Aunque las autoridades pretendan obviarlo, porque cuestiona el sistema global y el lucro de las trasnacionales, ver las causas del desastre en toda su magnitud es una tarea imprescidible, así como apoyar a los que siguen sosteniendo la biodiversidad y la salud del ambiente y la naturaleza, como campesinos, indígenas y comunidades locales.

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The other “pandemic”


The food crisis that exploded in 2007–8 has not gone away. It is tightening its hold in many countries and threatening to rear its ugly head in the form of new price hikes later this year, according to experts. The United Nations estimates that more than one billion people are now permanently hungry. [5] That’s one in six people, every day – most of them in Asia (62%). According to the UN’s Food and Agriculture Organisation, the financial crisis alone added 104 million people to this pit. [6] And, in the words of their Special Rapporteur on the Right to Food, 80% of the hungry are either farmers or farm labourers, those who produce our food. How can this have come about?

When you look at what has been done to address the food crisis, more than a year on, the picture is rather depressing. It is true that some governments have been open enough to invite farmers and social organisations into a planning process that would achieve some plurality of thinking. But in most places, the responses have been one-sided and top-down. As GRAIN documented amply last year, the food crisis has been misrepresented as basically a production problem, and all the answers amount to the same imperative: produce more food. In monopoly capitalist thinking, that means commercial seeds, vast uniform lands for monoculture, lots of chemicals and unfettered trade and investment routes. As a result, a lot of money is being thrown at this recipe to “feed the world”, even though that recipe got us here in the first place.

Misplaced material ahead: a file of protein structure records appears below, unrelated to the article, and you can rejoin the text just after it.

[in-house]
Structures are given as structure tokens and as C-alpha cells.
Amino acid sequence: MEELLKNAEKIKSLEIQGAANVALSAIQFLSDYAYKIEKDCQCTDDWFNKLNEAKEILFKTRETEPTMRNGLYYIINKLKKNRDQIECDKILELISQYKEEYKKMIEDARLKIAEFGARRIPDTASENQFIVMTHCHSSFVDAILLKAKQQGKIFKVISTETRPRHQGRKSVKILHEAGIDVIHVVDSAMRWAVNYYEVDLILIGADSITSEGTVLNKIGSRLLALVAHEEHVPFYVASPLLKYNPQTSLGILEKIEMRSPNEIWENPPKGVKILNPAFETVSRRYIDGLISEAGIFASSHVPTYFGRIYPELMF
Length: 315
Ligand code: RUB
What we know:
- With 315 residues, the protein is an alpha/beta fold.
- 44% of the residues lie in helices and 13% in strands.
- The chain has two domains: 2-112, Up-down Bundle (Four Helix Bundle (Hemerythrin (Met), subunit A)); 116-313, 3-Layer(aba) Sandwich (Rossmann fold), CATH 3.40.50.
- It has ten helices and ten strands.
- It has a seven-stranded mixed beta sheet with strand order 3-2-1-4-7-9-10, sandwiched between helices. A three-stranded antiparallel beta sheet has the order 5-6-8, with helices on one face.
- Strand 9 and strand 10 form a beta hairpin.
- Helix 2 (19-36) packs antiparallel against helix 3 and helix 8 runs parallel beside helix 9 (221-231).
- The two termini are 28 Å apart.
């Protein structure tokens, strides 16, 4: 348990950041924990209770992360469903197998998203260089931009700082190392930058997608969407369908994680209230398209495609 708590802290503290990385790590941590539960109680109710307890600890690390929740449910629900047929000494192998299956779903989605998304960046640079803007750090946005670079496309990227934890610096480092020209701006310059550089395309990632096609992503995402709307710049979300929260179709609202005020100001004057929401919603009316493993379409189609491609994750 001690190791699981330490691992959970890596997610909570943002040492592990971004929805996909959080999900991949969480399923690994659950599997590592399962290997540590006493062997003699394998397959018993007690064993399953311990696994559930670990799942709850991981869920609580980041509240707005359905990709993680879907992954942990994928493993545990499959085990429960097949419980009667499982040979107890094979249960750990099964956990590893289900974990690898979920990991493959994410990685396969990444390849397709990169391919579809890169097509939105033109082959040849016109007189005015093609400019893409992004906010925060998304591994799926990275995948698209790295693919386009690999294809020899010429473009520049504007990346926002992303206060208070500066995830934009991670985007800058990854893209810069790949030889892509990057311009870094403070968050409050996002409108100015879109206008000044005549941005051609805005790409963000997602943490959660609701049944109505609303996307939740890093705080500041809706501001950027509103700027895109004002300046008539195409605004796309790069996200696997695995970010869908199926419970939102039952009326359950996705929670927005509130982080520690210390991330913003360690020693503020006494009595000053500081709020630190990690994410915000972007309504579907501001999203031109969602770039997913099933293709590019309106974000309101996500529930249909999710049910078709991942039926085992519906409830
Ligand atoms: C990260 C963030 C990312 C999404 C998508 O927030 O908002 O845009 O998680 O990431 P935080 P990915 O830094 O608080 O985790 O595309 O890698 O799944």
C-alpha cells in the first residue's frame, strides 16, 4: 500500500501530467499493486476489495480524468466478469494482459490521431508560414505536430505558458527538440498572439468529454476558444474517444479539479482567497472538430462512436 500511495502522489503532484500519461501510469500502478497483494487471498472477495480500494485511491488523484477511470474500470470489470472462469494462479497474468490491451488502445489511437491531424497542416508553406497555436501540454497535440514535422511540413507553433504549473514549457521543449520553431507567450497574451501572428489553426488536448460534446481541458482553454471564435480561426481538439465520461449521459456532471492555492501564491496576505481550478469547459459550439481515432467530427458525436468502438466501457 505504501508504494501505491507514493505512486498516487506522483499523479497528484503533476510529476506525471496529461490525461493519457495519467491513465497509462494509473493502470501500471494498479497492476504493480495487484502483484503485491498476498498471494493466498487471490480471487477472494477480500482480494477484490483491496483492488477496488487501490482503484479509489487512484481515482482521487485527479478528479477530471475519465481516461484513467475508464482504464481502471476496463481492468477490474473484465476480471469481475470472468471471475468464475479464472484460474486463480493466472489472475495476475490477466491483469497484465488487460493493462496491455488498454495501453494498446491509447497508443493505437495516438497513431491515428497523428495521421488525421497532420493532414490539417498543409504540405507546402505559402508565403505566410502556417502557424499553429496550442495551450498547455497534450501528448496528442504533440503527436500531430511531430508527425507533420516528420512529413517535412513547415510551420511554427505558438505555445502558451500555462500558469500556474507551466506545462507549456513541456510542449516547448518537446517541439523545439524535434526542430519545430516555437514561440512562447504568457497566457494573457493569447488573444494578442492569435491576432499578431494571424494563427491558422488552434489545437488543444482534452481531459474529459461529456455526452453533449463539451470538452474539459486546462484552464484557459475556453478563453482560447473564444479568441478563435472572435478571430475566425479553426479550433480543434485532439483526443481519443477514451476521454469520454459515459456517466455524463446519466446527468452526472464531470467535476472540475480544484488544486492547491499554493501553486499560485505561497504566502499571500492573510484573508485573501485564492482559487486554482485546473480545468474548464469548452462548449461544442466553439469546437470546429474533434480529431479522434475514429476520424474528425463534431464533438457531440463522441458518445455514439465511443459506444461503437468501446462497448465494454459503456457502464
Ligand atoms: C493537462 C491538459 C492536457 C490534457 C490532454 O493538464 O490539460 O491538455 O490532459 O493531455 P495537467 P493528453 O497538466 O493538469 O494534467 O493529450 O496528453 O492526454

Throughout the latter part of 2008, donors and UN agencies called incessantly for “more investment in agriculture” as the solution to the food crisis. A lot of conferences were held and some pledges were made. [7] This year brought more of the same, though the funds are becoming more sophisticated. The French government has just set up, through the African Development Bank, a new private equity fund to invest in African agriculture. With a starting capital of €200 million and a goal of €500 million, the Agence Française de Développement will channel money from private investors and sovereign wealth funds into the new fund against a guaranteed rate of return of at least 5%. The African Development Bank is putting its own capital into private equity funds, such as Agri-Vie, to spur agribusiness ventures on the continent; the Asian Development Bank is doing the same. [8] The World Bank is increasing its agricultural spending from US$4 billion in 2008 to US$12 billion in 2009–10. [9] At the same time, its commercial arm, the International Finance Corporation, has teamed up with Altima Partners to create a US$75-million fund to invest in agribusiness “to increase food supplies”. [10]

It is true that more donors are talking about the importance of small farmers and family farms in this new investment rush. A number are aware that large-scale plantation-type agriculture is likely to bring environmental and socio-economic problems. A few are even specifically concerned about threats to biodiversity from monocultures and genetically modified (GM) seeds. But the big picture is that most of this food crisis money is being targeted to develop agribusiness in developing countries, not family farming or local community-oriented markets, which many believe are the only way forward if people are to feed themselves well. The same is true of the massive land-grab deals being pushed to produce basic food crops abroad. [11]